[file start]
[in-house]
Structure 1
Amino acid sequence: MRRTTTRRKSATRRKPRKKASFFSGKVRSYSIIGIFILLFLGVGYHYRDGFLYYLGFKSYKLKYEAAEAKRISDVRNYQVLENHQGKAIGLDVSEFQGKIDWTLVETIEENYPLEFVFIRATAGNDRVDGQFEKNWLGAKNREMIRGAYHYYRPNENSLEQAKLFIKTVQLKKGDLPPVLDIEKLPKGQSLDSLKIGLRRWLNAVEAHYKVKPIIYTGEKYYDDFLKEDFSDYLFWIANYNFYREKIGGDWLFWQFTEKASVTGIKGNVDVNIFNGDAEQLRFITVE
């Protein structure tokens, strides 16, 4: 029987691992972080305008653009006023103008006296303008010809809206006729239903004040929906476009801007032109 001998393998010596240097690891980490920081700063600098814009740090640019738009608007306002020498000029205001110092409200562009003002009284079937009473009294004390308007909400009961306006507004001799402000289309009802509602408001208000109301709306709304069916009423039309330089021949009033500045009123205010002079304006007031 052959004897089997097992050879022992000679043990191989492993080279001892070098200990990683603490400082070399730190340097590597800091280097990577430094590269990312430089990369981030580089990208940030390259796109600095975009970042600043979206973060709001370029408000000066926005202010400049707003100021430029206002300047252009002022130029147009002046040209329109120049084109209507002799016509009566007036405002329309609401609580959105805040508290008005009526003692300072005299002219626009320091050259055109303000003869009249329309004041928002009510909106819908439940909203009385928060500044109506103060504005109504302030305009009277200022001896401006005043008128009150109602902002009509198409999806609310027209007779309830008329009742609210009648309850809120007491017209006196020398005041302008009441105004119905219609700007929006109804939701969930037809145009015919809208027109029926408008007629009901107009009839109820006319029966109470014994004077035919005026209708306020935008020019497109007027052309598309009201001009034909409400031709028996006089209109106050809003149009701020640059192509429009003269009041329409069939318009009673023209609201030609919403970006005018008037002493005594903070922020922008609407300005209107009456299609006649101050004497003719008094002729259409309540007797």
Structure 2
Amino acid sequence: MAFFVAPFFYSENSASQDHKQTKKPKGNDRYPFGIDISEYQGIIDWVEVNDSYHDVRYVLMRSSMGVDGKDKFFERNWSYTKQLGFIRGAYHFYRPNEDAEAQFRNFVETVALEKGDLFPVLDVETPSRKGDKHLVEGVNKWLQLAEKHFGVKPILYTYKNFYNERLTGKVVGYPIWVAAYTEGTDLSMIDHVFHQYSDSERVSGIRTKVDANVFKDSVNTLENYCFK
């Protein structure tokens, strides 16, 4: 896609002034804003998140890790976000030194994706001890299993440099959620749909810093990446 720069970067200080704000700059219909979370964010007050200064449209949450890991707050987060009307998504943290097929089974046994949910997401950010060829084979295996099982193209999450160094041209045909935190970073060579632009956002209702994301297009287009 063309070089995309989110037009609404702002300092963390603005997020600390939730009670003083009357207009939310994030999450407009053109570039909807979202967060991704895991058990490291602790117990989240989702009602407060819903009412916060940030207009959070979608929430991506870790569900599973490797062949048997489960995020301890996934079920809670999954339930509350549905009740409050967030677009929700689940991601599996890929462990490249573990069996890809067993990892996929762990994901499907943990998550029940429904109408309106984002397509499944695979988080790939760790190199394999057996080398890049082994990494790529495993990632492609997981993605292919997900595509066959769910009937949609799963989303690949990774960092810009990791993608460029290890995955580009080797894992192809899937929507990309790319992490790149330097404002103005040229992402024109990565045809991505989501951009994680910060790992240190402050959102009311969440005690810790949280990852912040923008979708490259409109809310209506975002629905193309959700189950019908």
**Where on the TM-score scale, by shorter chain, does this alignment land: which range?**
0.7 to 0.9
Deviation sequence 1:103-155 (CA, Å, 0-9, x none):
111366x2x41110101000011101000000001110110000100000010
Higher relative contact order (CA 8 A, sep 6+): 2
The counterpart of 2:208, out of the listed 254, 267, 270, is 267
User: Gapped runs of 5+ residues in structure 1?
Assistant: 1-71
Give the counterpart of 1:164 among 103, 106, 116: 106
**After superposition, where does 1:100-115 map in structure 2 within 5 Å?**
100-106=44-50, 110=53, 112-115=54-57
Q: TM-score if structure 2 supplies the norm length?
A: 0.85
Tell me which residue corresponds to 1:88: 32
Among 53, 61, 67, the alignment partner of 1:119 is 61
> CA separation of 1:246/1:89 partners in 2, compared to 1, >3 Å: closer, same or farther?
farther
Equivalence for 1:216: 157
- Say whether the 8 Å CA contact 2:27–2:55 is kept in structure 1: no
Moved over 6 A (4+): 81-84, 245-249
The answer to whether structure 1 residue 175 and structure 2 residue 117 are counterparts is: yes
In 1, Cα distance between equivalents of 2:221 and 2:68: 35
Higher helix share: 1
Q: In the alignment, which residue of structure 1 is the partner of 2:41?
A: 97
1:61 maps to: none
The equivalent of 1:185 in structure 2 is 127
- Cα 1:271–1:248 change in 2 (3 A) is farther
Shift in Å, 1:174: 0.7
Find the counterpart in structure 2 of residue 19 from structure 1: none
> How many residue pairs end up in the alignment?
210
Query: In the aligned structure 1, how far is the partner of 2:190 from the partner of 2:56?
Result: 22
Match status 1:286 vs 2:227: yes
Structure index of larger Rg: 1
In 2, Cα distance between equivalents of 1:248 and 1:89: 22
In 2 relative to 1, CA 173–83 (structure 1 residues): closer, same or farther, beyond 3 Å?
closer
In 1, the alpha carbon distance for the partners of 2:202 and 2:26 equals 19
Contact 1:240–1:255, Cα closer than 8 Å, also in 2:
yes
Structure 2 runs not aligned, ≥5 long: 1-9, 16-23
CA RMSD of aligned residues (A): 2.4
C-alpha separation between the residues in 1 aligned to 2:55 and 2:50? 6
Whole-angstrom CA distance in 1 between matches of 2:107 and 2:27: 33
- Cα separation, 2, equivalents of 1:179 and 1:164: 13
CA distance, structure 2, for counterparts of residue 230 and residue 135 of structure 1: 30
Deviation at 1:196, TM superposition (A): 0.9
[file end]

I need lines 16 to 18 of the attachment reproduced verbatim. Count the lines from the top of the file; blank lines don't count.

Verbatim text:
Give the counterpart of 1:164 among 103, 106, 116: 106
**After superposition, where does 1:100-115 map in structure 2 within 5 Å?**
100-106=44-50, 110=53, 112-115=54-57